Black History Month is a time to recognize, remember, and celebrate the contributions of African Americans to U.S. history. This year, for Black History Month, Advent Health Partners acknowledges the contributions of a handful of black medical pioneers who paved the way for all medical professionals today. We have selected four accomplished doctors and nurses who fought for civil liberties and public health.
Robert Fulton Boyd, M.D, D.D.S. (1858-1912) –
Boyd was the first African-American dentist and doctor to open a practice in Tennessee in 1887, where he serviced economically disadvantaged citizens of Nashville and the surrounding areas. He began to speak out about the disproportionate mortality rate of black individuals in the area and educated the public on proper healthcare. He later became a professor at Meharry Medical College, where he had previously received his D.D.S. Here, he was inspired to open Mercy Hospital due to Nashville barring black Meharry medical students from practicing at a neighboring hospital. That same year Boyd and several other black physicians started the Society of Colored Physicians and Surgeons (now the National Medical Association), a national fraternity of which Boyd also became the first president.
Rebecca Lee Crumpler, M.D. (1831-1895) – There isn’t much known about Crumpler’s early life except that she spent most of her childhood caring for elderly and sick neighbors, which likely influenced her career path. According to her book, Book of Medical Discourses, in 1860, she attended New England Female Medical College. She received her degree “doctress of medicine,” making her the first black female in the United States to earn a medical degree and the only black woman to graduate from the New England Female Medical College before they closed their doors in 1873. After the Civil War, Crumpler joined other black physicians and community groups to care for newly freed enslaved people who had no further access to healthcare. Only one or two photos of Crumpler can be found, and the little we know about her life comes from her book, which is also one of the first medical publications written by an African American.
Adah Belle Thoms, R.N. (1870-1943) –
In 1900, Thoms graduated from Women’s Infirmary and School of Therapeutic Massage as the only black woman in her class. She continued her nursing education at Lincoln Hospital and Home School of Nursing. She also served as acting director for 23 years though racially discriminatory policies prevented her from being given the official title. She felt strongly about advancing her profession, so she and two other women started the National Association of Colored Graduate Nurses, where she served as its president for seven years. Thoms was a key civil rights figure in her era. During World War I, she lobbied the American Red Cross to allow black nurses to serve in the U.S. Army Nurse Corps. In 1918 the Surgeon General agreed to a limited enrollment due to Thoms’ efforts. In this, she was received at the White House by President and Mrs. Warren G. Harding for a convention celebrating the National Association of Colored Graduate Nurses. She was posthumously inducted into the American Nursing Association Hall of Fame in 1976, awarded the Mary Mahoney Medal from the National Association of Colored Graduate Nurses in 1936, and is celebrated every year during Black History Month.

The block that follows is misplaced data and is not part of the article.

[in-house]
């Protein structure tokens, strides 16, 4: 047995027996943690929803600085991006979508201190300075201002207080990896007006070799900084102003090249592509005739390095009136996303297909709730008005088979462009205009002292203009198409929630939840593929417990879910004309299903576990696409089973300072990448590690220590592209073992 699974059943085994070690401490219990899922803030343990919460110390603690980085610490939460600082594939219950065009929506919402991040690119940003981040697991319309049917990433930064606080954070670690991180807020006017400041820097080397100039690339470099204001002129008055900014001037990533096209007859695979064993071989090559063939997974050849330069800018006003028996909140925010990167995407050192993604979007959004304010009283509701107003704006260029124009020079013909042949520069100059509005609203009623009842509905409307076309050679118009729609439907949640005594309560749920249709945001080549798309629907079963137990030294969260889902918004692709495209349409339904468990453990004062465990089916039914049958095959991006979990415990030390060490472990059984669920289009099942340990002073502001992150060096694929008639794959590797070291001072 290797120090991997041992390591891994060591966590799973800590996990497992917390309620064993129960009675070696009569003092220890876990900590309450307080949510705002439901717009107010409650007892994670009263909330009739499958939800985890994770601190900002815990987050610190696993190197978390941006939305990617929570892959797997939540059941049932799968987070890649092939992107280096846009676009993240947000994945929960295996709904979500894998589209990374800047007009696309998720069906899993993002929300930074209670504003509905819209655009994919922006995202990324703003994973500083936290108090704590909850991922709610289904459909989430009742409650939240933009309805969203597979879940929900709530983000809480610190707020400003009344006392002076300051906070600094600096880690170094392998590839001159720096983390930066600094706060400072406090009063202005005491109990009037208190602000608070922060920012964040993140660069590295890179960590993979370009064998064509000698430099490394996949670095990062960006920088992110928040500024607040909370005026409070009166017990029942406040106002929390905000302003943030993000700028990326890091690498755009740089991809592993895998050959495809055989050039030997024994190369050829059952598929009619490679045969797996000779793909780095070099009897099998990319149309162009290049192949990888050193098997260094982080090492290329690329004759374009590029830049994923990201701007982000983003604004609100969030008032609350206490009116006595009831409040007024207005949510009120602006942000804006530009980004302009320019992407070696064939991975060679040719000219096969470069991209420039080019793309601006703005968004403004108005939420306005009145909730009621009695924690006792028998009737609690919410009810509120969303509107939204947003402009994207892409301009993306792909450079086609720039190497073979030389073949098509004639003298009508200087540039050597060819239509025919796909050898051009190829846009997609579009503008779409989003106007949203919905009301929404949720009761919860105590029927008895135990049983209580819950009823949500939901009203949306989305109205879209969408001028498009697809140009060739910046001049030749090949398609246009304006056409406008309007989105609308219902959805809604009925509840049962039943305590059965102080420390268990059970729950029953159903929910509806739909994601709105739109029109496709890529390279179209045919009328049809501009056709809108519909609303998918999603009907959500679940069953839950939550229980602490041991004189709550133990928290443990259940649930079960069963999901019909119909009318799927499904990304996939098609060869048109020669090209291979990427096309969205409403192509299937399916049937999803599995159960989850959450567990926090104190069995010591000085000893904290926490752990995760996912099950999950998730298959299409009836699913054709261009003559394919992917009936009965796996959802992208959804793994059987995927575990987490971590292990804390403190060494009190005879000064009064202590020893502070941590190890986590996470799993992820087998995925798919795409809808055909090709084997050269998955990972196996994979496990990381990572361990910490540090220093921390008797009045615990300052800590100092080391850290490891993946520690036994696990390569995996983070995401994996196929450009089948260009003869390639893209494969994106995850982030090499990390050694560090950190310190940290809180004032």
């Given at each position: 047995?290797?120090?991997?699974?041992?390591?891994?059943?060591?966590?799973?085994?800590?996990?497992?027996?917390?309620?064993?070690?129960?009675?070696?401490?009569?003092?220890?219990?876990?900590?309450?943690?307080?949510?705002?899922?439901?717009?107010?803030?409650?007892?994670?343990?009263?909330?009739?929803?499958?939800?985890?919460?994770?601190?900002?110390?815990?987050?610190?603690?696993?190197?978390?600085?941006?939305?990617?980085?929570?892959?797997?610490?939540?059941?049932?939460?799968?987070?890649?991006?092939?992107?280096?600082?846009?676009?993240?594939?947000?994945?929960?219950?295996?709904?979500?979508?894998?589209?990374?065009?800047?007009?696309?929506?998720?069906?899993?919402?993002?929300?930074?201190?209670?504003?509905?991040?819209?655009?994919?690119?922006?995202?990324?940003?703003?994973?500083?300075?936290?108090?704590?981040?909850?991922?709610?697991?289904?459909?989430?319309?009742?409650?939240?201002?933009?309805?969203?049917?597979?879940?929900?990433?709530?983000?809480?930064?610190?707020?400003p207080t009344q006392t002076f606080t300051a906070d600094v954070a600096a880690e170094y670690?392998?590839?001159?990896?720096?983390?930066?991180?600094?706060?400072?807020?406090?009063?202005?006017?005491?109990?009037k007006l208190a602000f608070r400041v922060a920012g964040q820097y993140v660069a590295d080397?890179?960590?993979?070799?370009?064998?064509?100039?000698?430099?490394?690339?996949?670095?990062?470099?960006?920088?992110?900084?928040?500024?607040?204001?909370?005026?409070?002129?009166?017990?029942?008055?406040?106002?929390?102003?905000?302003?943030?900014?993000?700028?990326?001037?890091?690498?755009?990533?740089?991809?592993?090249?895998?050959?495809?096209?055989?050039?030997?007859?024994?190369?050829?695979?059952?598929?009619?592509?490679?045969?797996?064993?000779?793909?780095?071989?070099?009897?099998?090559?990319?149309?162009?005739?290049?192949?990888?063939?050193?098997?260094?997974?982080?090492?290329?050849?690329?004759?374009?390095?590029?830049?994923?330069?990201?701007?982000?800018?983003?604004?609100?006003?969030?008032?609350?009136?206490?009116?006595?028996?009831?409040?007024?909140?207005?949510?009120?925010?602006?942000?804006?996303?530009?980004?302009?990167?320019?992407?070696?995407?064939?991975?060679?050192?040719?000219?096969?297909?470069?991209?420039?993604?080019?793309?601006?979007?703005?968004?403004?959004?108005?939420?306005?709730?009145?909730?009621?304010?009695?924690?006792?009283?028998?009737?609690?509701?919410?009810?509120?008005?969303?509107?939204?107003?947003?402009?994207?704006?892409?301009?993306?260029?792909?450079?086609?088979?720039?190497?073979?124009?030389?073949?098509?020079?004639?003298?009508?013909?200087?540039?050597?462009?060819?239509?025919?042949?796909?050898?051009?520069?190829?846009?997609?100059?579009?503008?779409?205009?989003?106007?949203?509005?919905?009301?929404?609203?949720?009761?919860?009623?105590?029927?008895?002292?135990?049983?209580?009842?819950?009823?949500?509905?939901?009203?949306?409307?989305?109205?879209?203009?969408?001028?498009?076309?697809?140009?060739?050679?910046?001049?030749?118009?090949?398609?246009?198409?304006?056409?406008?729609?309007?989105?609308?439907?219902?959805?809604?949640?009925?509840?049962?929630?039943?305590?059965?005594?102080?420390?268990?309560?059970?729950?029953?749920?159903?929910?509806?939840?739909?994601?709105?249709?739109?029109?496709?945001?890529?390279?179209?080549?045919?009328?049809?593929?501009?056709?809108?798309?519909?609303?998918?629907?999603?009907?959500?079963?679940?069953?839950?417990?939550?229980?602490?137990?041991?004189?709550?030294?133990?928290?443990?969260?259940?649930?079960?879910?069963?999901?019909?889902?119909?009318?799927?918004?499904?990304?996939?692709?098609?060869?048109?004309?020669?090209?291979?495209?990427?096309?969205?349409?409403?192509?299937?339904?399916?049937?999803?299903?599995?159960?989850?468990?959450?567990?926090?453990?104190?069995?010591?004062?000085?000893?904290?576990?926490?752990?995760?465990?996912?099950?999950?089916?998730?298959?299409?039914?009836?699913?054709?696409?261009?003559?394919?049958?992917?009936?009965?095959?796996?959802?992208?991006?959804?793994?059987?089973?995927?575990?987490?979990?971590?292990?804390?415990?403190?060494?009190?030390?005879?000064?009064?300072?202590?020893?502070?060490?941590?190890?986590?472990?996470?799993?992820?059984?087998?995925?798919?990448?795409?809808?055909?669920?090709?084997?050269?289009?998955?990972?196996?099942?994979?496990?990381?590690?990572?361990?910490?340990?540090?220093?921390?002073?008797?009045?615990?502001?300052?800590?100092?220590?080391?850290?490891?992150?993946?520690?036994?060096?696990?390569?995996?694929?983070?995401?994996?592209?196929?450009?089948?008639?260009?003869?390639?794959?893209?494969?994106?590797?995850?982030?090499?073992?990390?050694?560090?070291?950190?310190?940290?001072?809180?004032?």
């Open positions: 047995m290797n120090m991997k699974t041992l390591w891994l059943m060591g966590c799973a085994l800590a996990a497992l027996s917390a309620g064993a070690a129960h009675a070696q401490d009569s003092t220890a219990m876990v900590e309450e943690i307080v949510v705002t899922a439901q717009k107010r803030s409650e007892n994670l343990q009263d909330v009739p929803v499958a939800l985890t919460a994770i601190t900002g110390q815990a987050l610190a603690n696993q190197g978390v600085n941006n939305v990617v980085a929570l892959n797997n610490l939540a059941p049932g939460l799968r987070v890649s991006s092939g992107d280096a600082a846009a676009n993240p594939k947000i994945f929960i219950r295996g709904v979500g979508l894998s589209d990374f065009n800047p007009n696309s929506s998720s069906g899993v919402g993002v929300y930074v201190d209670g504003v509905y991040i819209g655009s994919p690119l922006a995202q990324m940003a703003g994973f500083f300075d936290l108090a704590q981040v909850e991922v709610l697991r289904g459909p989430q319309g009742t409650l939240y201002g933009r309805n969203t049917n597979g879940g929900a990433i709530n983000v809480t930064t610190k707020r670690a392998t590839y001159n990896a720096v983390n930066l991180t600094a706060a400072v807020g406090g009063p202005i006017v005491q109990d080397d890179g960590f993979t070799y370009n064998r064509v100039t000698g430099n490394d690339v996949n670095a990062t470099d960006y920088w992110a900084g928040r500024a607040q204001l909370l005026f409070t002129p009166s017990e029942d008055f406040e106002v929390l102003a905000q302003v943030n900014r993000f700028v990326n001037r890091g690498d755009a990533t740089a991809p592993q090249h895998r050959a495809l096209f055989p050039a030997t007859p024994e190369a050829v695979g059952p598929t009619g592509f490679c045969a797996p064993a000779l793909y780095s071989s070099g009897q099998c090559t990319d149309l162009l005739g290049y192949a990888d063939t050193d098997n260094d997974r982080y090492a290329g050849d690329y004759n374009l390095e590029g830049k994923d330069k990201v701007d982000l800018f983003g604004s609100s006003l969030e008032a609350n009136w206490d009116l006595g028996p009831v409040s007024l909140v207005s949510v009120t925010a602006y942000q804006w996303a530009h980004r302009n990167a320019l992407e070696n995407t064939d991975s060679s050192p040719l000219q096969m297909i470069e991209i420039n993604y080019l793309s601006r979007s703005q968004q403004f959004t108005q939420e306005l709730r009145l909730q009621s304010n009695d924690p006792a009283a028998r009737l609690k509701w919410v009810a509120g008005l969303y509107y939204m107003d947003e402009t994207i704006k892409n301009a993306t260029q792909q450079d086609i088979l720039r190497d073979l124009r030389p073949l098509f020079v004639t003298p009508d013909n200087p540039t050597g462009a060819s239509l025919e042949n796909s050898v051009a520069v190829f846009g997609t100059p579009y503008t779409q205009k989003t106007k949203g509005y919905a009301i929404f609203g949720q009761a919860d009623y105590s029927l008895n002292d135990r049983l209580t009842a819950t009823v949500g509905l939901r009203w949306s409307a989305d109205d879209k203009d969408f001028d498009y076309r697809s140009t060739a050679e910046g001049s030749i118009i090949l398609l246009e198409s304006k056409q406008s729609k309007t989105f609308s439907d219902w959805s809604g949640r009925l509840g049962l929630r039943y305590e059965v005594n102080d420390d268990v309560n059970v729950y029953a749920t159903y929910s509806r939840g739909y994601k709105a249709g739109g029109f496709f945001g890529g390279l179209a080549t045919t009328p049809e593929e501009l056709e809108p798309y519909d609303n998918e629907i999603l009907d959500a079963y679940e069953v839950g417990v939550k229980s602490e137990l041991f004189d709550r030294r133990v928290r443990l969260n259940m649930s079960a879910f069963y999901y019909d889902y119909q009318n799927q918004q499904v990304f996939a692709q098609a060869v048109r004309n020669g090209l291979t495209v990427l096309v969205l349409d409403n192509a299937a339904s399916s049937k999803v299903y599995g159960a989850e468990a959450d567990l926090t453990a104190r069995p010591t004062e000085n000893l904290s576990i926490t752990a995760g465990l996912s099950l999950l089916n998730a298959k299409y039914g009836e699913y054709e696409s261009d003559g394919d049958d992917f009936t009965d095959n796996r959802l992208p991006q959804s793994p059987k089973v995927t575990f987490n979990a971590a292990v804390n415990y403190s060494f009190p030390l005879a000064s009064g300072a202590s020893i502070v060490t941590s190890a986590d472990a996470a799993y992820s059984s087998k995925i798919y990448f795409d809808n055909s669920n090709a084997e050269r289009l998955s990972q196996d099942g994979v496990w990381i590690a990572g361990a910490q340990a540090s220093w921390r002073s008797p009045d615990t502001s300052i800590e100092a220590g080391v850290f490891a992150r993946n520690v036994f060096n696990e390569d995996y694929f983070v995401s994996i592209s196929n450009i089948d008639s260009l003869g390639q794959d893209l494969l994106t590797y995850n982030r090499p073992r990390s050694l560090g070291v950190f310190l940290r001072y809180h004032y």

Daniel Hale Williams, M.D. (1856–1931) – Williams – known affectionately as Dr. Dan by his patients – worked as an apprentice under a highly decorated surgeon for many years and finally trained at Chicago Medical College. He went on to open a practice in Chicago where he adopted new sterilization procedures for medical equipment. In 1891, Williams opened Provident Hospital and Training School for Nurses, the first U.S. hospital with a racially integrated staff. A few years later, Williams performed one of the first successful open-heart surgeries on a man suffering a stab wound in the chest. In 1894, Williams moved to Washington, D.C., to revitalize Freedmen’s Hospital, a hospital founded to treat previously enslaved people. The hospital had fallen into disrepair, and their mortality rate was skyrocketing. Williams created an ambulance service for this hospital, revamped their surgical procedures, and provided support and opportunities for black medical professionals. He supported black medical professionals by co-founding the Society of Colored Physicians and Surgeons (now the National Medical Association) with Dr. Robert Fulton Boyd. Today, he is honored for being a pioneering black physician and black advocate across the globe.